Shutdown raises fear of hackers, cybersecurity 'brain drain'

Image: The FBI headquarters in Washington on Nov. 1, 2017.
The FBI headquarters in Washington on Nov. 1, 2017. Copyright J. David Ake AP file
By Alyssa Newcomb with NBC News Tech and Science News
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As the shutdown drags on, hackers are receiving the message that the federal cybersecurity infrastructure isn't in the best shape to defend against attacks, said security analysts.


The longest government shutdown in the history of the United States is leaving federal websites even more vulnerable to hackers and could lead to an exodus of security talent to the private sector, cybersecurity experts warned.

Since the government shut down on Dec. 21, nearly half of the Cybersecurity and Infrastructure Agency workforce has been furloughed, while the rest has been working without pay, according to a release from the Committee on Homeland Security.

Security groups unanimously agree that there are more jobs than skilled cybersecurity professionals available to fill them. There will be as many as 3.5 million unfilled cybersecurity jobs by 2021, according to a report released last year by Cybersecurity Ventures and The Herjavec Group. Another report predicts a shortfall of 1.8 million cybersecurity employees by 2022.

As the shutdown continues without an end in sight, that could lead to some of the best and brightest federal cybersecurity employees leaving their jobs and seeking one of the many more lucrative openings in the private sector, said Nate Fick, CEO of security company Endgame and a former U.S. Marine Corps officer.

"Cybersecurity is a field that has an endemic talent shortage," Fick said. "All of a sudden you have these professionals who are furloughed and unpaid, the phones of private companies are ringing off the hook and it's hard to get them back."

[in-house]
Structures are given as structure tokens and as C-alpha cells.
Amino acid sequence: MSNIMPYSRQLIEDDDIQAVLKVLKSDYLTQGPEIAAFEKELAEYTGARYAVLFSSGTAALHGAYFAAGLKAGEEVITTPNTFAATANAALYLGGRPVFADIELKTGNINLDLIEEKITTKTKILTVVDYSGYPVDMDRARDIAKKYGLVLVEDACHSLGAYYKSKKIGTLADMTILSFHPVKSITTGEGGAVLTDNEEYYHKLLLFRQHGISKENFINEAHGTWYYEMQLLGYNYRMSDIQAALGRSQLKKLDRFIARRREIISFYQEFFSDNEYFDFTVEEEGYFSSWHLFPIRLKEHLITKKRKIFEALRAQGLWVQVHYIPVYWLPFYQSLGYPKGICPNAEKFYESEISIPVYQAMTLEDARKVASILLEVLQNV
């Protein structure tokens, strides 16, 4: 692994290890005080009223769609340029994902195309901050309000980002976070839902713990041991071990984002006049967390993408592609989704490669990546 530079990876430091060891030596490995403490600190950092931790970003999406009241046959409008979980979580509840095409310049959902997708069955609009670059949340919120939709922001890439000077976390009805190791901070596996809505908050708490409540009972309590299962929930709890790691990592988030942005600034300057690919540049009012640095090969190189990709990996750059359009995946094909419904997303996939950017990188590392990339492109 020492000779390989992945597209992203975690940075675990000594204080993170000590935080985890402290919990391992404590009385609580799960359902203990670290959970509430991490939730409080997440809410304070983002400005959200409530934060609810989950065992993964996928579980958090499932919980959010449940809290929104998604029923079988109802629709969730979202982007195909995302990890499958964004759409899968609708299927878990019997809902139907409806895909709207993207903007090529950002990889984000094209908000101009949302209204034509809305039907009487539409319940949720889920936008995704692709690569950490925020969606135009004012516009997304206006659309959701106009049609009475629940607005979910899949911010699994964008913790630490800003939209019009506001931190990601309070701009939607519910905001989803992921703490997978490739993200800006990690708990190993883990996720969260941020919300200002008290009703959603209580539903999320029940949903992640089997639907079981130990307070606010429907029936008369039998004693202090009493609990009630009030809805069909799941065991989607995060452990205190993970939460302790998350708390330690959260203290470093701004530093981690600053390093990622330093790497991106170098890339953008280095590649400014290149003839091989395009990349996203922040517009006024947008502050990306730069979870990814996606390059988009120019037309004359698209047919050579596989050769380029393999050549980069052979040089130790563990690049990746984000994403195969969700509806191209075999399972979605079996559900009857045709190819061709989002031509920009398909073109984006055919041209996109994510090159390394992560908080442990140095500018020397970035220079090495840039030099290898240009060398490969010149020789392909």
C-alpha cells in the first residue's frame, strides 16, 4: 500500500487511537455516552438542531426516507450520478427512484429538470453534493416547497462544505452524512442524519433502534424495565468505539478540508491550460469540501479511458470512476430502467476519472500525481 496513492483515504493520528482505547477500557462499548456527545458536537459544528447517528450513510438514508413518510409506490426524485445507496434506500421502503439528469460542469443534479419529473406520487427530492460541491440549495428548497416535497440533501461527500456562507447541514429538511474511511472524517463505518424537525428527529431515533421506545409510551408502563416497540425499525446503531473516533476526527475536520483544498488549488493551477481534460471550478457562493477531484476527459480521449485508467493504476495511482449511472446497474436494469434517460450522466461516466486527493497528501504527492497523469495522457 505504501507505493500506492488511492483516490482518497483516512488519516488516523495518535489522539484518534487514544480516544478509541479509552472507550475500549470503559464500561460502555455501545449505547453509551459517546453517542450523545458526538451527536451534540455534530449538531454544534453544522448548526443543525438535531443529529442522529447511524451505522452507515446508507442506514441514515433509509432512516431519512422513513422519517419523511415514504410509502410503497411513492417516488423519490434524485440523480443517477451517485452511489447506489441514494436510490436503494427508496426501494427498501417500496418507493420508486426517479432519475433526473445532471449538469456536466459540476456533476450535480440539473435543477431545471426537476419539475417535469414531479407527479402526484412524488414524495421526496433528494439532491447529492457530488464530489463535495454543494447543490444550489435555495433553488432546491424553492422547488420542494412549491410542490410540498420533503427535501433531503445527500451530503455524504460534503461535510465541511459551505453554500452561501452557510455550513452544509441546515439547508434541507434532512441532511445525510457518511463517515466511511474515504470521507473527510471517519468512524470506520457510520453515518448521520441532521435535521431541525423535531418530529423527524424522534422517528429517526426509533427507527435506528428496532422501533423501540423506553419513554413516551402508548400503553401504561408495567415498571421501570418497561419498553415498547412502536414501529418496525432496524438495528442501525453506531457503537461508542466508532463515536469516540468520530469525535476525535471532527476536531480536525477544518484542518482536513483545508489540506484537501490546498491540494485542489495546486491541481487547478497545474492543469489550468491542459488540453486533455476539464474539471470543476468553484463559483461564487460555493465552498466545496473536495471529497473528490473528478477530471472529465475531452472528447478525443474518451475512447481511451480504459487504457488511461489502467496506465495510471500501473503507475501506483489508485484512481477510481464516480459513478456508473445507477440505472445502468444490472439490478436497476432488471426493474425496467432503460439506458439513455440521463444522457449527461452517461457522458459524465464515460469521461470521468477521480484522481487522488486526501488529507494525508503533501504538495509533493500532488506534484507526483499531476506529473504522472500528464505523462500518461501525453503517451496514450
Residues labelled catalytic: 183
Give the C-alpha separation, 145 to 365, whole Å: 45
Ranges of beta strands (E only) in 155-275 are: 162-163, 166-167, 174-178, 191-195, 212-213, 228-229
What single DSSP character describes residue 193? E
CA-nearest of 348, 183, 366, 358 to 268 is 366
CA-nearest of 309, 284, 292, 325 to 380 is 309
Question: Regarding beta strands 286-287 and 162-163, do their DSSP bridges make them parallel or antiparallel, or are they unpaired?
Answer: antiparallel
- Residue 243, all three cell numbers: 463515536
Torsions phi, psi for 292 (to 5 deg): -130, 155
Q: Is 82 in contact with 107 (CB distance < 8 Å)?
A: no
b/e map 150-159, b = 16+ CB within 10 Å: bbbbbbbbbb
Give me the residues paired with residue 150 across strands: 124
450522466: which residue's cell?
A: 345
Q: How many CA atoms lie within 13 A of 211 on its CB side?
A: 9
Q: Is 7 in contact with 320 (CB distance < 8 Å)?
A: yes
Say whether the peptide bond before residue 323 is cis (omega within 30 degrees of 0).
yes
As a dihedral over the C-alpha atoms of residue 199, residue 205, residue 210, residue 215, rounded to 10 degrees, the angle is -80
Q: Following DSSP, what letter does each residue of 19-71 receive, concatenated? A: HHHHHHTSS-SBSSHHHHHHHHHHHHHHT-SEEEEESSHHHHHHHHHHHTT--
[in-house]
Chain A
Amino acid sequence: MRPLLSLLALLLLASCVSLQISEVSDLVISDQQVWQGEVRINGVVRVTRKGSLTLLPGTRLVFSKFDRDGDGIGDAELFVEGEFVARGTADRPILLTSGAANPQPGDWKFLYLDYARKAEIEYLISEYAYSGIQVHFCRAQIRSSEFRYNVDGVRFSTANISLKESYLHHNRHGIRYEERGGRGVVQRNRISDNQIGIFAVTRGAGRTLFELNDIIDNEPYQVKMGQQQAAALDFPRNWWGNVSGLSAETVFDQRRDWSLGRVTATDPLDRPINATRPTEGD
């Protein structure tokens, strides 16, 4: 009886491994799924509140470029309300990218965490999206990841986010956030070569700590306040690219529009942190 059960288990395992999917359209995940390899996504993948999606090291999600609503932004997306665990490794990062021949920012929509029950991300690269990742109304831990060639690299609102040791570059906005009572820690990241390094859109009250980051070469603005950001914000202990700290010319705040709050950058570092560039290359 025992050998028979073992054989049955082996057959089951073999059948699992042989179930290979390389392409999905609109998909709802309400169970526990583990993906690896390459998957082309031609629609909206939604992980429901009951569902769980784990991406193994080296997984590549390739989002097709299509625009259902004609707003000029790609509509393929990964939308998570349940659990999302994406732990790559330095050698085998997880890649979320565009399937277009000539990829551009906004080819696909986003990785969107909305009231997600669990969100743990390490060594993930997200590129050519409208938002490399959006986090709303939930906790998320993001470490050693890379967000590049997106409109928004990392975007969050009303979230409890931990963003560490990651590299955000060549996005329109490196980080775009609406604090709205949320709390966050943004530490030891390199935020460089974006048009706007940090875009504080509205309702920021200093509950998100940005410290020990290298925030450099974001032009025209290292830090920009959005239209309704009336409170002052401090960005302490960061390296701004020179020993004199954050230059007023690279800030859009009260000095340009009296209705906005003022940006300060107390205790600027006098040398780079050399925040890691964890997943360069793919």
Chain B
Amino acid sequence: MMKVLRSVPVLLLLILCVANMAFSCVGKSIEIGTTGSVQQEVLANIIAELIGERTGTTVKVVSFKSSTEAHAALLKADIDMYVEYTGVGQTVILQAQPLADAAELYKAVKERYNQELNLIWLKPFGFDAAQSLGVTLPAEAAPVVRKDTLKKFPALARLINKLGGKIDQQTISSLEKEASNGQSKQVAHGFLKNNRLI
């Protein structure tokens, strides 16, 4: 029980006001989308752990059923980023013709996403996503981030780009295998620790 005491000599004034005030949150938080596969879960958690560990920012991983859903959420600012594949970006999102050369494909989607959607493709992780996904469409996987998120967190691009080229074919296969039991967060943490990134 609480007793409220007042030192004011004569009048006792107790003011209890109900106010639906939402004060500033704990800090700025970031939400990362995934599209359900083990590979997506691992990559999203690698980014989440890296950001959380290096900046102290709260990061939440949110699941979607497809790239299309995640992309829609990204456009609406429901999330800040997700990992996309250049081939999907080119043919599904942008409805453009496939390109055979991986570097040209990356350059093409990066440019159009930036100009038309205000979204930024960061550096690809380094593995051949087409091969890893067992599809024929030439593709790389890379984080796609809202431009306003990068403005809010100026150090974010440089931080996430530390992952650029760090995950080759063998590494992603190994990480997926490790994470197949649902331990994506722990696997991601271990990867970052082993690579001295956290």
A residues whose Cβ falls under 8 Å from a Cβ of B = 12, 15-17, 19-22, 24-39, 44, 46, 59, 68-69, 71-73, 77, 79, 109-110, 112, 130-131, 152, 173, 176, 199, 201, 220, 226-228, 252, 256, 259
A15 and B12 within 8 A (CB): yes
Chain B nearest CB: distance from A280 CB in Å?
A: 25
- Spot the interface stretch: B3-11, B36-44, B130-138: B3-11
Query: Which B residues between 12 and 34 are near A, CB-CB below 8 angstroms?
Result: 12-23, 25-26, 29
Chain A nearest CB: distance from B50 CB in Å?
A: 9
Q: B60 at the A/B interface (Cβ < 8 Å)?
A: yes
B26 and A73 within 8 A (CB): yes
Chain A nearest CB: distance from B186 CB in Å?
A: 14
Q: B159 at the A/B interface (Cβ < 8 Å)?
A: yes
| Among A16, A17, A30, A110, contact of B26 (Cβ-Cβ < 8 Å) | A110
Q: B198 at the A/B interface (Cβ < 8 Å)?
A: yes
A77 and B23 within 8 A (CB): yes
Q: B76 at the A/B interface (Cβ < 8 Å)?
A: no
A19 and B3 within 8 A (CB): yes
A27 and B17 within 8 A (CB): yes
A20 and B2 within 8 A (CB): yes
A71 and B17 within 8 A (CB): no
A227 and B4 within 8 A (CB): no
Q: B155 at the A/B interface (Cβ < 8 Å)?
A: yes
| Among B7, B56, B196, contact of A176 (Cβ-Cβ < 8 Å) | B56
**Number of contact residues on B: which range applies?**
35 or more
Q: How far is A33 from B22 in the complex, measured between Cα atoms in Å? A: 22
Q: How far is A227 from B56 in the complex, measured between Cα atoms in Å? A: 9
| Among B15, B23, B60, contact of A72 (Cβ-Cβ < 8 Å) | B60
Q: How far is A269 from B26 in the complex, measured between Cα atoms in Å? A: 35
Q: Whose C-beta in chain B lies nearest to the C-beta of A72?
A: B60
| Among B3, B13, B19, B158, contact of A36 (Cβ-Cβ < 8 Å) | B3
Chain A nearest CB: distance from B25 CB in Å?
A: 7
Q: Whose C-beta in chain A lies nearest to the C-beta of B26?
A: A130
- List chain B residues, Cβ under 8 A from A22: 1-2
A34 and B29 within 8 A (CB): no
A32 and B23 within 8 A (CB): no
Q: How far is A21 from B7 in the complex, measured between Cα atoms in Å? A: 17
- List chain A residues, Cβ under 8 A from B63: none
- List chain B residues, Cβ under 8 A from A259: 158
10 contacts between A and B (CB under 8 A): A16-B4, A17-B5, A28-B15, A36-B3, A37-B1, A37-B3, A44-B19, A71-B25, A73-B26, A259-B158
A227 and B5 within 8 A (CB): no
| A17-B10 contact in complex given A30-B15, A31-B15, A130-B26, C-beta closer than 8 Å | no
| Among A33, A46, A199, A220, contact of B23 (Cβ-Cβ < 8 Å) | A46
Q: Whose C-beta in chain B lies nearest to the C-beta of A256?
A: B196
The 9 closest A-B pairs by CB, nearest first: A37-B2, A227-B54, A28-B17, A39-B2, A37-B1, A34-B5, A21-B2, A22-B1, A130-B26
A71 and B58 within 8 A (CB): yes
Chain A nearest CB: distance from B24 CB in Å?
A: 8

Aside from the potential brain drain, the cracks are already showing in government websites. Many websites feature a notice at the top of the page letting visitors know that the site won't be updated due to a lapse in government funding.

That apparently means even routine security practices are going unchecked. Security firm Netcraft reported last week that more than 130 certificates used by U.S. government websites had expired.

Certificates require the owner to prove they own a domain. If not, there's a risk that website URLs can be spoofed and people can be tricked into visiting a fraudulent website, said Robert Siciliano, a security analyst at Hotspot Shield.

"A website is like any vehicle and is required to go through some general maintenance — and without that maintenance, things began to fail and there are vulnerabilities," Siciliano said.

In a hypothetical scenario, a bad actor could set up a fake government website, trick someone into entering their password and then have access to personal information that could be used to steal identities.

While much of threat detection is automated, humans still play a vital role in reviewing threats and making sure a website's cybersecurity hygiene is up to date, experts said.

"Cybersecurity is generally a manual process that involves boots on the ground and the eyes and ears of those who engage in responding to digital attacks, understanding the nuances of updating critical security patches, website security certificates, and general website or network maintenance to prevent intrusions," Siciliano said.

As the shutdown drags on, Fick said hackers — potential bad actors acting on behalf of foreign governments — are receiving a message that the U.S. federal cybersecurity infrastructure isn't in the best shape to defend against attacks.

"It's sending a signal to the world that our federal government has reached a degree of dysfunction where, despite everything we say, we are willing to leave chunks of the government uncovered," Fick said.

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